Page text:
Op-Ed: Marshalling One Key Vote On An NFL Team Name Change - Leesburg Today Online—Daily News Coverage of Loudoun County, Leesburg, Ashburn: Letters

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Op-Ed: Marshalling One Key Vote On An NFL Team Name Change

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Posted: Wednesday, July 16, 2014 1:05 pm

At a tailgate party during the Middleburg spring races, a woman walked up and introduced herself, wondering if I was the same reporter who used to cover the National Football League and the local pro football team for The Washington Post.

The answer was yes, at which point, long-time Washingtonian Jordan Wright told me she was the granddaughter of George Preston Marshall, the original owner of the Washington (pardon the derogatory expression) Redskins when he moved the team here from Boston back in 1937.

We had a perfectly pleasant chat, recalling that many of the same people who used to work for Marshall were still on the job for the team when I covered it in the 1970s. Finally, though, I couldn’t help myself. I had to ask. What about this whole team name controversy, I wondered, fully expecting she’d be soundly in favor of the status quo.

Not so.

“They need to change the name,” she said. “In this day and age, it’s just not right.”

After reading an earnest letter written recently by Bruce Allen, general manager of Washington’s NFL franchise, in response to 50 United States senators urging current team owner Daniel Snyder to change the name, I thought about Jordan Wright’s comment, and also contemplated all the wonderful benefits a name change would produce for Snyder and the entire organization.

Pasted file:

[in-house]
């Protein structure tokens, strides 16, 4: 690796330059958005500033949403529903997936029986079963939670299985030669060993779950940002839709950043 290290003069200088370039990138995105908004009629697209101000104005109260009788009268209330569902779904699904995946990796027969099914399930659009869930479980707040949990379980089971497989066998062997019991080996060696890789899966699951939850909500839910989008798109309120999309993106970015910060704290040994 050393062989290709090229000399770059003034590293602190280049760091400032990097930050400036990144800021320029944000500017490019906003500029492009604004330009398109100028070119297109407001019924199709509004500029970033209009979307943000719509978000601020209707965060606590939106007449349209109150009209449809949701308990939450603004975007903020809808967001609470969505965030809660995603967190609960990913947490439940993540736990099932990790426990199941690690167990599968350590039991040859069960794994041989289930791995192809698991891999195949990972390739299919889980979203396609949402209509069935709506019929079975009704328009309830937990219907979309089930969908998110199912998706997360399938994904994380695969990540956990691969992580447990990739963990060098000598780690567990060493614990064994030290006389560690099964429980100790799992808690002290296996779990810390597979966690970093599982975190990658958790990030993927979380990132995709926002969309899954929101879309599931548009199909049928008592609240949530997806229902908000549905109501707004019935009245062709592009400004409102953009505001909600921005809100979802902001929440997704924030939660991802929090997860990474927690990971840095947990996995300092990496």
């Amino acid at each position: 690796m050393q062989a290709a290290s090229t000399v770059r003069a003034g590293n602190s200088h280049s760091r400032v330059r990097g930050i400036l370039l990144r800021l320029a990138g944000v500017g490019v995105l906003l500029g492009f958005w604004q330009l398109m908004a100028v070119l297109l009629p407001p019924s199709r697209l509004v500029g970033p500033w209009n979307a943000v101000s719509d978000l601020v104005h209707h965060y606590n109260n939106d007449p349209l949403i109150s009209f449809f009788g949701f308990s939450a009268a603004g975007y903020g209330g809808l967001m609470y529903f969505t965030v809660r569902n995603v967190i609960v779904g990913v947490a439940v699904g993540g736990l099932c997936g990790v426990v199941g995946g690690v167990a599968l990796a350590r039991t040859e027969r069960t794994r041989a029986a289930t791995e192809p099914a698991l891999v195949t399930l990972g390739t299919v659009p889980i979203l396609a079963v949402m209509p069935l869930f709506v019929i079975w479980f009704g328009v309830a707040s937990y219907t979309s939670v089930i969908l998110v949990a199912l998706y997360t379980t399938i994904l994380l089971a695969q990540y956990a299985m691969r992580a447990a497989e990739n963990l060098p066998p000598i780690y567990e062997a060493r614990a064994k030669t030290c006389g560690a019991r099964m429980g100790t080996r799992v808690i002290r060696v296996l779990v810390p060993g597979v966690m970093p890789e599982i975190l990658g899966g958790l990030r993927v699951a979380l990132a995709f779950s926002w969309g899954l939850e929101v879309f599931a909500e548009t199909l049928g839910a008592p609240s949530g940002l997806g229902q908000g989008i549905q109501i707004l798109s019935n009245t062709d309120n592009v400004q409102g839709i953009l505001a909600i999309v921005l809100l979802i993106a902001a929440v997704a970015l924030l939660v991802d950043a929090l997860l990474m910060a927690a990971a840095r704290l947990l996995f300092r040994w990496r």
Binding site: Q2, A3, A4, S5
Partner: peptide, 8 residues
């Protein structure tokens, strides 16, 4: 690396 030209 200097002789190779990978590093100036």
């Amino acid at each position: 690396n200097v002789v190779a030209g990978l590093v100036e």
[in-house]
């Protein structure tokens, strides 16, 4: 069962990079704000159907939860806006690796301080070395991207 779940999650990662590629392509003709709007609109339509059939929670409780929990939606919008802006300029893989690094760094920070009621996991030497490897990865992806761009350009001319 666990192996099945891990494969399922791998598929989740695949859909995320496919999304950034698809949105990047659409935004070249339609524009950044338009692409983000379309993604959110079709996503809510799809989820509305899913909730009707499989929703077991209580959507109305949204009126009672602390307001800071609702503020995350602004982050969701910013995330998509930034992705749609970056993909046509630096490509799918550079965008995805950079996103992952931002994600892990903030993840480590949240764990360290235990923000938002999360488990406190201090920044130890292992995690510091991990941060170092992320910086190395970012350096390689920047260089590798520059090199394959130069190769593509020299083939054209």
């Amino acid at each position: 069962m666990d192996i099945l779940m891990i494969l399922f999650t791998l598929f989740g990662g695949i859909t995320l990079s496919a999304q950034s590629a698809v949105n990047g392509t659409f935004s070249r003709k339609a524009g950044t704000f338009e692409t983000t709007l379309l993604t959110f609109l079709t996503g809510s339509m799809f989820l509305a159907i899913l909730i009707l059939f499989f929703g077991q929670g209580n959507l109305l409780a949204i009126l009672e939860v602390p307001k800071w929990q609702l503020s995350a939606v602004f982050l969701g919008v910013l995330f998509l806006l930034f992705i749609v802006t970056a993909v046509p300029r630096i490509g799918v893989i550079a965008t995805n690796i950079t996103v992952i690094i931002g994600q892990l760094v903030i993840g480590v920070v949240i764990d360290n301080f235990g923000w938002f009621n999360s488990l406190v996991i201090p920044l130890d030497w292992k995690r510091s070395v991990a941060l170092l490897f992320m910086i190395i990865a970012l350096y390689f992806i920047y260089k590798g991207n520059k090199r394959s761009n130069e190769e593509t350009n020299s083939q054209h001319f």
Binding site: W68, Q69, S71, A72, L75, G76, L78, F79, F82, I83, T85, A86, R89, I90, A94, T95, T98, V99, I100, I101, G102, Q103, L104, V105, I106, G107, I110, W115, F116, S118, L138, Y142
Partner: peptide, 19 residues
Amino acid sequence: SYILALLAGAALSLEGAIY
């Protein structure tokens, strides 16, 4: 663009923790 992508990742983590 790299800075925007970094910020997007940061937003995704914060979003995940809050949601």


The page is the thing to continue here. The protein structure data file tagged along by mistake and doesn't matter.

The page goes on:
Just think about all the fabulous fallout that could benefit Washington’s favorite football team and its beleaguered owner if he finally reversed his field.

Surely he’d be praised by President Obama, all those senators and the entire Congress, a vast majority of the media, the D.C. City Council and virtually every major Native American organization in the country for doing the right and honorable thing. A Nobel Peace Prize might not quite be in order, but surely the NAACP, the Anti-Defamation League, the National Organization of Women and many others would invite him to accept their humanitarian of the year awards, both locally and nationally.

A man some have said is among the worst owners in all of professional sports could also go a long way toward improving his own public image. Perhaps Snyder might even earn consideration as Sports Illustrated’s 2014 Sportsman of the Year for such a magnanimous and conscience-driven decision to finally right what many—including George Preston Marshall’s granddaughter for goodness sake—believe is a terrible wrong.

Priests, ministers, rabbis and imams would praise him from pulpits coast to coast.

The NFL Commissioner, Roger Goodell, would single him out at next spring’s NFL owners meetings. He’d laud Snyder’s courage in the face of the probable wrath of some long-time Washington fans by taking a risky leap of faith in believing that the vast majority of football followers would applaud his historic move.

Surely Snyder’s fellow owners would rise as one to offer a spirited standing ovation during their opening session, something he’s probably never experienced since the day he bought the team in 1999. Maybe, just maybe, they’d even reward him with the 2019 Super Bowl to be played at FedEx Field, as he’s always dreamed about.